Banner message for ssh

Using a pre-authentication banner with ssh can verify identification before a password is entered. This can help prevent leaking passwords. Banners are simple to configure but often disabled in the default configuration.

fail2ban non-root startup

fail2ban runs as root by default. This is unnecessary for its functionality, other than to alter firewall rules. The firewall rules can be safely done, using sudo to enable the required calls. The Debian/Ubuntu init.d file has provisions to start fail2ban as a non-root user, but newer releases use systemd to start and stop the process. This requires a different procedure. ‚Äč This procedure is for my servers which use Shorewall to maintain the firewall.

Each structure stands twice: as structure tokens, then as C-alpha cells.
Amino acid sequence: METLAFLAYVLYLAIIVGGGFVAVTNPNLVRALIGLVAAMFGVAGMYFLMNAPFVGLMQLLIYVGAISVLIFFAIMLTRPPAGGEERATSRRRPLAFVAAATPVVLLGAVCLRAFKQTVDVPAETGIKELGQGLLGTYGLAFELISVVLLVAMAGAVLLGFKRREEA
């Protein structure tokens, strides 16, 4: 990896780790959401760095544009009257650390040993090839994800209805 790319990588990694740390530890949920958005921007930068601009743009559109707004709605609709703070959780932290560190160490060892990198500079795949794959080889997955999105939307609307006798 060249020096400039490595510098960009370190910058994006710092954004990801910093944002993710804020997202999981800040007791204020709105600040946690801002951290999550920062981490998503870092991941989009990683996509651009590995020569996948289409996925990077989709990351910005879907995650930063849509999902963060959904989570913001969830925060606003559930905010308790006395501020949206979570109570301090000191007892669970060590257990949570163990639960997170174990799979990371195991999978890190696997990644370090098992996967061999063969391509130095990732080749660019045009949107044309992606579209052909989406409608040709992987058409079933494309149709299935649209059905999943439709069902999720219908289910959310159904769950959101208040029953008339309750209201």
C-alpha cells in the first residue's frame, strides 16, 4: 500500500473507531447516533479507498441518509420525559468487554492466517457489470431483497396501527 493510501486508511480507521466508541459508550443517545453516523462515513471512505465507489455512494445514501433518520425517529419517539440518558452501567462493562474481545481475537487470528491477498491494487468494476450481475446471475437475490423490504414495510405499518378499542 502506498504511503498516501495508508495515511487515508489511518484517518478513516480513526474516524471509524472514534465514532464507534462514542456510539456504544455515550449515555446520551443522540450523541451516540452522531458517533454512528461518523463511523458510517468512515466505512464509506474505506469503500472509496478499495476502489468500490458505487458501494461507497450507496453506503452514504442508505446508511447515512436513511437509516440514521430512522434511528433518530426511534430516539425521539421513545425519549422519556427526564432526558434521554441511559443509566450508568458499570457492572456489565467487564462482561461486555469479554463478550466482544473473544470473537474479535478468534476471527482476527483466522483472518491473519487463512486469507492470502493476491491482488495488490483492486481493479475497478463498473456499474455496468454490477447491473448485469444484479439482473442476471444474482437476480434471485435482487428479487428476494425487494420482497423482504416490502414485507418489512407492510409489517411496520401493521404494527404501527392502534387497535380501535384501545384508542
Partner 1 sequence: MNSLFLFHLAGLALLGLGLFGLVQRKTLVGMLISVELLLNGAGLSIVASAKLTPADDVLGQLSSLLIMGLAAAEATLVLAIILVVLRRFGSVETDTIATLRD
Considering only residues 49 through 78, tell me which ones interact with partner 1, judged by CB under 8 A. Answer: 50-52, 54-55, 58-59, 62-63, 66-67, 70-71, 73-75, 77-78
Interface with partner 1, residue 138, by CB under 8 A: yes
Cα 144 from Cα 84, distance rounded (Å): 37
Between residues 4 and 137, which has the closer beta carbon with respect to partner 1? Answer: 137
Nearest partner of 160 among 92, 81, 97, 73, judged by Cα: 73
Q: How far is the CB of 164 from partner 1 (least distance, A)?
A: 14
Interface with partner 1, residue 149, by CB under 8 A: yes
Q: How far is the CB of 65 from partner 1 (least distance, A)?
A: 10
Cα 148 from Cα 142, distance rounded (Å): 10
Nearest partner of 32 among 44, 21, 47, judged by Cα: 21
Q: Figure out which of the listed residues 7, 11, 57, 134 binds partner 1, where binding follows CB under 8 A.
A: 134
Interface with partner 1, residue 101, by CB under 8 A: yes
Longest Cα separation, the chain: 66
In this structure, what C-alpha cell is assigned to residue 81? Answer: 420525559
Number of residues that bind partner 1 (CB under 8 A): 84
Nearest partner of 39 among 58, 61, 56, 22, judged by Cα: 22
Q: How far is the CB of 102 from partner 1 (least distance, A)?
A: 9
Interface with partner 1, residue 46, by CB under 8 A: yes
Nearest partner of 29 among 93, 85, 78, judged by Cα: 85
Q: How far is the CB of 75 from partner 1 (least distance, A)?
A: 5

WordPress SSH2 configuration

Instead of the packaged WordPress I run the version provided by WordPress. It is installed using a different userid from the userid the webserver runs as.  To enable updates from the Admin Dashboard, I enabled sftp (ssh). This is how I did it.

init.d for Non-root Processes

When installing third-party applications, they often default to running as root. The server applications for TeamSite/LiveSite are among those. I have applied a simple modification to the init.d scripts that start them as a non-root user. It also allows the scripts to be run by members of an administration group via sudo. This approach applies… Continue reading init.d for Non-root Processes

Geo blocking with tcpwrappers

I recently had an issue with frequent login attempts against one of my services. These were almost all from countries that should not be accessing my service. To resolve the issue I implemented geo-blocking with TCP Wrappers. This is how I went about geo-blocking connections.

WordPress Tuning

I’ve done a little tuning to my WordPress setup. To keep up to date, I’ve switched from the Ubuntu installation to a downloaded installation under /opt/wordpress. This is owned by my user and served by Apache running as www-data. Updates are done using the SFTP method.